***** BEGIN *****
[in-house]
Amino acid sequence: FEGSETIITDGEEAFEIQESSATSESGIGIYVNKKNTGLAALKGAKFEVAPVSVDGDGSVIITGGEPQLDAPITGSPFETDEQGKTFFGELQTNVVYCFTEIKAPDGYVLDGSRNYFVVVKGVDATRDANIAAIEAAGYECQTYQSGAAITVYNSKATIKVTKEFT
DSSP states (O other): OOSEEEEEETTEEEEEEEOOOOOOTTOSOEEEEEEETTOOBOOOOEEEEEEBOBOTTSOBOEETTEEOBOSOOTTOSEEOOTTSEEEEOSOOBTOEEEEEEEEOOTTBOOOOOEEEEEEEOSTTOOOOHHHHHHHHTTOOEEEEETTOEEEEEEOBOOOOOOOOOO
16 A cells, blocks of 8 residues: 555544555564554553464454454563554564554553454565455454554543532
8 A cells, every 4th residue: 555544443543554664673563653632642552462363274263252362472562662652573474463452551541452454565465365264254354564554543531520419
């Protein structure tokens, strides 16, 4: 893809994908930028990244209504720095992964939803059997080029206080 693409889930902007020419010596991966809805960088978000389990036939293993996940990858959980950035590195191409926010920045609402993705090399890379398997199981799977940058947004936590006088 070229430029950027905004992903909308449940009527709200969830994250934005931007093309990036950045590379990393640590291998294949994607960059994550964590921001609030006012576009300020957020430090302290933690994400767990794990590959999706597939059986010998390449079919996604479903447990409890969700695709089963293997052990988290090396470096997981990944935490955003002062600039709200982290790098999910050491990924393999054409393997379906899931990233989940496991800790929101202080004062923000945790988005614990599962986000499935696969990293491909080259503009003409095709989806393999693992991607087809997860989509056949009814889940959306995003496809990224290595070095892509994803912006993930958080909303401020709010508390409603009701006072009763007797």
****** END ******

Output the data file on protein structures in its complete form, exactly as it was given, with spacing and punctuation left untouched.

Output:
[in-house]
Amino acid sequence: FEGSETIITDGEEAFEIQESSATSESGIGIYVNKKNTGLAALKGAKFEVAPVSVDGDGSVIITGGEPQLDAPITGSPFETDEQGKTFFGELQTNVVYCFTEIKAPDGYVLDGSRNYFVVVKGVDATRDANIAAIEAAGYECQTYQSGAAITVYNSKATIKVTKEFT
DSSP states (O other): OOSEEEEEETTEEEEEEEOOOOOOTTOSOEEEEEEETTOOBOOOOEEEEEEBOBOTTSOBOEETTEEOBOSOOTTOSEEOOTTSEEEEOSOOBTOEEEEEEEEOOTTBOOOOOEEEEEEEOSTTOOOOHHHHHHHHTTOOEEEEETTOEEEEEEOBOOOOOOOOOO
16 A cells, blocks of 8 residues: 555544555564554553464454454563554564554553454565455454554543532
8 A cells, every 4th residue: 555544443543554664673563653632642552462363274263252362472562662652573474463452551541452454565465365264254354564554543531520419
């Protein structure tokens, strides 16, 4: 893809994908930028990244209504720095992964939803059997080029206080 693409889930902007020419010596991966809805960088978000389990036939293993996940990858959980950035590195191409926010920045609402993705090399890379398997199981799977940058947004936590006088 070229430029950027905004992903909308449940009527709200969830994250934005931007093309990036950045590379990393640590291998294949994607960059994550964590921001609030006012576009300020957020430090302290933690994400767990794990590959999706597939059986010998390449079919996604479903447990409890969700695709089963293997052990988290090396470096997981990944935490955003002062600039709200982290790098999910050491990924393999054409393997379906899931990233989940496991800790929101202080004062923000945790988005614990599962986000499935696969990293491909080259503009003409095709989806393999693992991607087809997860989509056949009814889940959306995003496809990224290595070095892509994803912006993930958080909303401020709010508390409603009701006072009763007797």